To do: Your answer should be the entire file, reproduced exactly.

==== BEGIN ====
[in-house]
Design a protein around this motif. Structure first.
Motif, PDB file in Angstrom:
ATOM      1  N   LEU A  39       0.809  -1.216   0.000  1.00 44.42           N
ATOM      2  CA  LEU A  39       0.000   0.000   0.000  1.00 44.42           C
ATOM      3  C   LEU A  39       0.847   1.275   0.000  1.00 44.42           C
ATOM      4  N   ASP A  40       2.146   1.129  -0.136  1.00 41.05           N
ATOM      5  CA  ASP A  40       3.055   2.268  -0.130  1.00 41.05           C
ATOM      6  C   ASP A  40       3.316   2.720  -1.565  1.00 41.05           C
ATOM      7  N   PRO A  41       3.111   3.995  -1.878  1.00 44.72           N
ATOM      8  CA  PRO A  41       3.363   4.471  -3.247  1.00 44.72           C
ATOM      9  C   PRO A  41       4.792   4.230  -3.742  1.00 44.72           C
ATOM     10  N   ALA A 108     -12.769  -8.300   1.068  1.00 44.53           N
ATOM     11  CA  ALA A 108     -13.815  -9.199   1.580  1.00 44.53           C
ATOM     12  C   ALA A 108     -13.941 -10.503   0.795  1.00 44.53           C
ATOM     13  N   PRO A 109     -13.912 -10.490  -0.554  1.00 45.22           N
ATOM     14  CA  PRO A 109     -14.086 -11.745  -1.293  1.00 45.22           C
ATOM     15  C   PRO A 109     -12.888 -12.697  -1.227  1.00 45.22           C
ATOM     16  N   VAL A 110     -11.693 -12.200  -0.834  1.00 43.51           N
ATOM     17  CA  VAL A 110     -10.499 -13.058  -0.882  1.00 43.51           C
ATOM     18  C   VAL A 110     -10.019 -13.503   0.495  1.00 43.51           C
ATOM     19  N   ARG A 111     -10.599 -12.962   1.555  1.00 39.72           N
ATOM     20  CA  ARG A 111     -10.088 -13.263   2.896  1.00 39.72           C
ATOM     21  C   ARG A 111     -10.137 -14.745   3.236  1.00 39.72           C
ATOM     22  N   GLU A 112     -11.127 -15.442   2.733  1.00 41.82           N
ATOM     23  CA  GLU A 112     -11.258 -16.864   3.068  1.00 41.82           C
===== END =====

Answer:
[in-house]
Design a protein around this motif. Structure first.
Motif, PDB file in Angstrom:
ATOM      1  N   LEU A  39       0.809  -1.216   0.000  1.00 44.42           N
ATOM      2  CA  LEU A  39       0.000   0.000   0.000  1.00 44.42           C
ATOM      3  C   LEU A  39       0.847   1.275   0.000  1.00 44.42           C
ATOM      4  N   ASP A  40       2.146   1.129  -0.136  1.00 41.05           N
ATOM      5  CA  ASP A  40       3.055   2.268  -0.130  1.00 41.05           C
ATOM      6  C   ASP A  40       3.316   2.720  -1.565  1.00 41.05           C
ATOM      7  N   PRO A  41       3.111   3.995  -1.878  1.00 44.72           N
ATOM      8  CA  PRO A  41       3.363   4.471  -3.247  1.00 44.72           C
ATOM      9  C   PRO A  41       4.792   4.230  -3.742  1.00 44.72           C
ATOM     10  N   ALA A 108     -12.769  -8.300   1.068  1.00 44.53           N
ATOM     11  CA  ALA A 108     -13.815  -9.199   1.580  1.00 44.53           C
ATOM     12  C   ALA A 108     -13.941 -10.503   0.795  1.00 44.53           C
ATOM     13  N   PRO A 109     -13.912 -10.490  -0.554  1.00 45.22           N
ATOM     14  CA  PRO A 109     -14.086 -11.745  -1.293  1.00 45.22           C
ATOM     15  C   PRO A 109     -12.888 -12.697  -1.227  1.00 45.22           C
ATOM     16  N   VAL A 110     -11.693 -12.200  -0.834  1.00 43.51           N
ATOM     17  CA  VAL A 110     -10.499 -13.058  -0.882  1.00 43.51           C
ATOM     18  C   VAL A 110     -10.019 -13.503   0.495  1.00 43.51           C
ATOM     19  N   ARG A 111     -10.599 -12.962   1.555  1.00 39.72           N
ATOM     20  CA  ARG A 111     -10.088 -13.263   2.896  1.00 39.72           C
ATOM     21  C   ARG A 111     -10.137 -14.745   3.236  1.00 39.72           C
ATOM     22  N   GLU A 112     -11.127 -15.442   2.733  1.00 41.82           N
ATOM     23  CA  GLU A 112     -11.258 -16.864   3.068  1.00 41.82           C